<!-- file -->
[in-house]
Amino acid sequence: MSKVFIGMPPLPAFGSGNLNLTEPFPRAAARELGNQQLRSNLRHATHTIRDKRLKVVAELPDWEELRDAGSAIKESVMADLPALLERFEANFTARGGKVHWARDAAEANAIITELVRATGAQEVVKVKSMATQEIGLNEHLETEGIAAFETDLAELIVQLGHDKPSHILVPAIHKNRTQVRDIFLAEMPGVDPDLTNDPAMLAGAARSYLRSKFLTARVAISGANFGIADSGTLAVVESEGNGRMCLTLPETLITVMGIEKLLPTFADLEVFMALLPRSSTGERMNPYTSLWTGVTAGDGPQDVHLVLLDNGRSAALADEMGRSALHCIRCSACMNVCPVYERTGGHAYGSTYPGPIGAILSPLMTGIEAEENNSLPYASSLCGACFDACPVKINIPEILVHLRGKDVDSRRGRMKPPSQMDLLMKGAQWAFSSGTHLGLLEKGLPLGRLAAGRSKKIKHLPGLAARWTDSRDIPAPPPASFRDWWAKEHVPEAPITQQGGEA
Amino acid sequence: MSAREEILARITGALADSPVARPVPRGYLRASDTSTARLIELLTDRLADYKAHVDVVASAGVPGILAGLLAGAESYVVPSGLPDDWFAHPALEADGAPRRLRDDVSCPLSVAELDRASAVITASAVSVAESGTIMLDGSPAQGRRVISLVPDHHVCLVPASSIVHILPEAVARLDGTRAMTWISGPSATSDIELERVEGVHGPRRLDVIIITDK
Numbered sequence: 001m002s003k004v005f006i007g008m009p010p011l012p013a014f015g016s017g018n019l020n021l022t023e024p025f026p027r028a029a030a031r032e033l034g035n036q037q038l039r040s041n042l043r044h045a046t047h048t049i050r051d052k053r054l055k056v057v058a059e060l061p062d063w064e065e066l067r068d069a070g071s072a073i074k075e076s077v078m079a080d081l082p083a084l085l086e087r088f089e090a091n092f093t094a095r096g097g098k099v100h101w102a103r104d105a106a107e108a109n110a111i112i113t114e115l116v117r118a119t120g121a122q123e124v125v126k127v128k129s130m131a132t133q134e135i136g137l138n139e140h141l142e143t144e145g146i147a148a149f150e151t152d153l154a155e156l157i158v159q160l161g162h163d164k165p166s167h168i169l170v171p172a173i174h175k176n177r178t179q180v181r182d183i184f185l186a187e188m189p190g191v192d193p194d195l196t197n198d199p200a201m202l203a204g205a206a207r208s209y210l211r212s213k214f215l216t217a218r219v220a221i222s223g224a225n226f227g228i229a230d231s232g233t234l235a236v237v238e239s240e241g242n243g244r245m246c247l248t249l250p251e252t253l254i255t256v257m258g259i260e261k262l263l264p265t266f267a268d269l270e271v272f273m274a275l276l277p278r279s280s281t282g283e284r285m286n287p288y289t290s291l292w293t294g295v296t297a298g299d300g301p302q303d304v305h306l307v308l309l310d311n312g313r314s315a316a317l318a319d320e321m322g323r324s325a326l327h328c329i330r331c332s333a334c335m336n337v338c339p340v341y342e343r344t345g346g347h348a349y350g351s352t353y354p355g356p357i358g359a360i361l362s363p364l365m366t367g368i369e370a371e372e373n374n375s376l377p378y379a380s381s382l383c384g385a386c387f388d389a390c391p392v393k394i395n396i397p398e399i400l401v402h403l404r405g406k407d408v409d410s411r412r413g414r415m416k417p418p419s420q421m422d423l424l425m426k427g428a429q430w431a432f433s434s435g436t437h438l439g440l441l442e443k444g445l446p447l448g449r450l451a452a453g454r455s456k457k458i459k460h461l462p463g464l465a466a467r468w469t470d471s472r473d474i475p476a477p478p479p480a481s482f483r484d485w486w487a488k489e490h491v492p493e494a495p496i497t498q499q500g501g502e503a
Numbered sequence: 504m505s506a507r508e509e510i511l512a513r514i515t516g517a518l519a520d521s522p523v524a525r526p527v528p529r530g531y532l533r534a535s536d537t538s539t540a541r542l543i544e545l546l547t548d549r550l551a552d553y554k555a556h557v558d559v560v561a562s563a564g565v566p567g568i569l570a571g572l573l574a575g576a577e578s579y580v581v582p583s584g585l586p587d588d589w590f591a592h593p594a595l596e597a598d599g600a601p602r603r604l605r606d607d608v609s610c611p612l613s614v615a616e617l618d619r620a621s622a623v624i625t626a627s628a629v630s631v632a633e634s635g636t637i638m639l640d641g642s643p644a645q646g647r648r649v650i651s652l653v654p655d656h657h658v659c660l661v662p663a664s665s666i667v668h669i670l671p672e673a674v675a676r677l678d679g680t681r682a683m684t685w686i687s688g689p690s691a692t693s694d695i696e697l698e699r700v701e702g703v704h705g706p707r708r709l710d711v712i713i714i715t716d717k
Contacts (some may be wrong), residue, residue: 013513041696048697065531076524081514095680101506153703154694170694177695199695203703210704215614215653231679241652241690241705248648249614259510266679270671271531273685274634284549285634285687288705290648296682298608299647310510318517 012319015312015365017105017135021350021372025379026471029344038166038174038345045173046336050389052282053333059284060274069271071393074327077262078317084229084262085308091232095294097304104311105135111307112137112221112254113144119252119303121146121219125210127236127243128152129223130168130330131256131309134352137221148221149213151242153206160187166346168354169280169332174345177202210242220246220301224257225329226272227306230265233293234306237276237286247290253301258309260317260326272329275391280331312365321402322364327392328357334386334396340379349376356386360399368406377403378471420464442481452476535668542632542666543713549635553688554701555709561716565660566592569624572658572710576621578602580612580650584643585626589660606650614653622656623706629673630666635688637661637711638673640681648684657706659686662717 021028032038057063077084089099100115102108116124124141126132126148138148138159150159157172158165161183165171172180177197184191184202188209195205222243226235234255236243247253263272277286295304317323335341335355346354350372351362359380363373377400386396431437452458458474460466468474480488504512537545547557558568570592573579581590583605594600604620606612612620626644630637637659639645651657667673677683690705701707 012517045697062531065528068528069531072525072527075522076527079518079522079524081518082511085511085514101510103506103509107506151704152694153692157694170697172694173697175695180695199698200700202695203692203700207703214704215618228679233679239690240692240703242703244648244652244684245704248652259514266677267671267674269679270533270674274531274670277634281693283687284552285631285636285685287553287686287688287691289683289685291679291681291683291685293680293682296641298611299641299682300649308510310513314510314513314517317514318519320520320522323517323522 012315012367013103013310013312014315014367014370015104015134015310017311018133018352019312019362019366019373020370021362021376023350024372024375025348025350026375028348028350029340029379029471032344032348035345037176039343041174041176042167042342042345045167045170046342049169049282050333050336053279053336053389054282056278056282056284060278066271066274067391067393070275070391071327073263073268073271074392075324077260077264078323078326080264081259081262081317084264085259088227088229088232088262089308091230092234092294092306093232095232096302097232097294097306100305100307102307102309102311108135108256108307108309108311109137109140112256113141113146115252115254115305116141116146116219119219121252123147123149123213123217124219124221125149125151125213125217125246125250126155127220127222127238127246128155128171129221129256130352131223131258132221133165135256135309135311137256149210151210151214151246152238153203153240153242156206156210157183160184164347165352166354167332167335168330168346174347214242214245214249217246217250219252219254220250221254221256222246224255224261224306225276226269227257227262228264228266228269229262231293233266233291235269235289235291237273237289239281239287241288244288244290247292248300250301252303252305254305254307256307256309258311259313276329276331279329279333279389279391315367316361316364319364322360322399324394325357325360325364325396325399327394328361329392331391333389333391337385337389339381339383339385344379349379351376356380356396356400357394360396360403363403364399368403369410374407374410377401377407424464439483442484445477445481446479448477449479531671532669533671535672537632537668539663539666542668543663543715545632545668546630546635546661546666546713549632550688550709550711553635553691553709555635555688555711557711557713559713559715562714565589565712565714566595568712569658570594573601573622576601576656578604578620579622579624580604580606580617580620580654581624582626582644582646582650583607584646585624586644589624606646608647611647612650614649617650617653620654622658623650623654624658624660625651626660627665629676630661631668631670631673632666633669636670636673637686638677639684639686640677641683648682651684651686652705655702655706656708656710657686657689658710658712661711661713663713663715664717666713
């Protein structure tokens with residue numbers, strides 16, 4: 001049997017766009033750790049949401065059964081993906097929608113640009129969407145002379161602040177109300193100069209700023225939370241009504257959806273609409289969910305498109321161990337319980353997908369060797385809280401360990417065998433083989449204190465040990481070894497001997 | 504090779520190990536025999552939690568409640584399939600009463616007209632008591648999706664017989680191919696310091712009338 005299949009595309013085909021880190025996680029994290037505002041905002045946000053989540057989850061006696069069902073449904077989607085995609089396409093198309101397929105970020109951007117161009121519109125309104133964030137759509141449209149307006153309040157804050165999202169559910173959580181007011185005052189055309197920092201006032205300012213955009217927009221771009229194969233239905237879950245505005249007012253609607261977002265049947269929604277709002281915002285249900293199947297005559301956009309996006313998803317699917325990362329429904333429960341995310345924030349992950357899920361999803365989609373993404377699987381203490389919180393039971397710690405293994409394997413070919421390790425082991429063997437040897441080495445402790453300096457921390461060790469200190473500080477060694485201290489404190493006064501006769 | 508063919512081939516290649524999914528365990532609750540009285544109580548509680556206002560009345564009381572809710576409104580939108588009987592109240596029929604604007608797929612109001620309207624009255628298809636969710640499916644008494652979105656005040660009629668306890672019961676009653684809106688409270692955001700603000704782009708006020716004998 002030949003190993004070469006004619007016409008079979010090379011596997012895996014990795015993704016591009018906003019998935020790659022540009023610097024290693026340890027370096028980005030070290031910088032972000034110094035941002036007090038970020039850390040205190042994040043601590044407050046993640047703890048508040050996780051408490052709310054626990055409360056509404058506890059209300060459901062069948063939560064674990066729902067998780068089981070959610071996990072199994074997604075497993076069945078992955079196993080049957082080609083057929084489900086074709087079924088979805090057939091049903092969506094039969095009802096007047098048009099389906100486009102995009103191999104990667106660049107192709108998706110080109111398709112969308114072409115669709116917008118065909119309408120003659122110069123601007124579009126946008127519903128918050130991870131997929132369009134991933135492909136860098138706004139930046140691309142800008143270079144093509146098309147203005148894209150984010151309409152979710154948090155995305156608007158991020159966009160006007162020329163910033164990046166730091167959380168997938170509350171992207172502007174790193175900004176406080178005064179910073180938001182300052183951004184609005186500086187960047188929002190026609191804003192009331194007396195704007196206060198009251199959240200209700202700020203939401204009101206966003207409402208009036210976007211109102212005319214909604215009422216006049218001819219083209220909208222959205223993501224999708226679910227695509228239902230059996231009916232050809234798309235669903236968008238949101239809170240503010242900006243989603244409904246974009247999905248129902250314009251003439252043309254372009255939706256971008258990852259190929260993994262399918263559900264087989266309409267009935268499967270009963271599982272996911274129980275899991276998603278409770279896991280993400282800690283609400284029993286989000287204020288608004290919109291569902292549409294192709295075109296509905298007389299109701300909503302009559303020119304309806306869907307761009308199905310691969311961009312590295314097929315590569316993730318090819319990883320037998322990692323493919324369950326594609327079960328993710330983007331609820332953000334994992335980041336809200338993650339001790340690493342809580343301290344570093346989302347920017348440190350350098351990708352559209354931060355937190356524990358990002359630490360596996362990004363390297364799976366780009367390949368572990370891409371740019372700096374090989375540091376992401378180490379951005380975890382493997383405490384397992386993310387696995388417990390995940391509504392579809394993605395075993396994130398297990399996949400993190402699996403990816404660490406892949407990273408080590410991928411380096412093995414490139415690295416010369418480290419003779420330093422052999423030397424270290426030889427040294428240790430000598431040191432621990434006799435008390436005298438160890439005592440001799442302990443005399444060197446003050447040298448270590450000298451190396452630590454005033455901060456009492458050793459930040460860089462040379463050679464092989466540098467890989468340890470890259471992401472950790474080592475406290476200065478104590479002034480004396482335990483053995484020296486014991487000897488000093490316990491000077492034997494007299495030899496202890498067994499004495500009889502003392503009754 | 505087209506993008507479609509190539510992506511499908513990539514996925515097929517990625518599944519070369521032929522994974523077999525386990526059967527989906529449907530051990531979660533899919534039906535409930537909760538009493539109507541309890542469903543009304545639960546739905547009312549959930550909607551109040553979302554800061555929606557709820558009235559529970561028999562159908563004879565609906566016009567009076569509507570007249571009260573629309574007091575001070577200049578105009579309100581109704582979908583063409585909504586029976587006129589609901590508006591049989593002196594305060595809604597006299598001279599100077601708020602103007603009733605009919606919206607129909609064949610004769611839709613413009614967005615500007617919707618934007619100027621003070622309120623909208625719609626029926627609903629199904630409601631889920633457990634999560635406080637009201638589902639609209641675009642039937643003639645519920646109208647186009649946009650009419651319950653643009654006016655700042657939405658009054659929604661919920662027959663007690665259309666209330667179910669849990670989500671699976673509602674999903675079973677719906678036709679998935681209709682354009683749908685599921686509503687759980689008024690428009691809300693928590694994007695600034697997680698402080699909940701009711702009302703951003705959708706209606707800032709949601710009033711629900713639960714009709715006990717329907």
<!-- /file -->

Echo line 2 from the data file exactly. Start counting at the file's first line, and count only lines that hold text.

Amino acid sequence: MSKVFIGMPPLPAFGSGNLNLTEPFPRAAARELGNQQLRSNLRHATHTIRDKRLKVVAELPDWEELRDAGSAIKESVMADLPALLERFEANFTARGGKVHWARDAAEANAIITELVRATGAQEVVKVKSMATQEIGLNEHLETEGIAAFETDLAELIVQLGHDKPSHILVPAIHKNRTQVRDIFLAEMPGVDPDLTNDPAMLAGAARSYLRSKFLTARVAISGANFGIADSGTLAVVESEGNGRMCLTLPETLITVMGIEKLLPTFADLEVFMALLPRSSTGERMNPYTSLWTGVTAGDGPQDVHLVLLDNGRSAALADEMGRSALHCIRCSACMNVCPVYERTGGHAYGSTYPGPIGAILSPLMTGIEAEENNSLPYASSLCGACFDACPVKINIPEILVHLRGKDVDSRRGRMKPPSQMDLLMKGAQWAFSSGTHLGLLEKGLPLGRLAAGRSKKIKHLPGLAARWTDSRDIPAPPPASFRDWWAKEHVPEAPITQQGGEA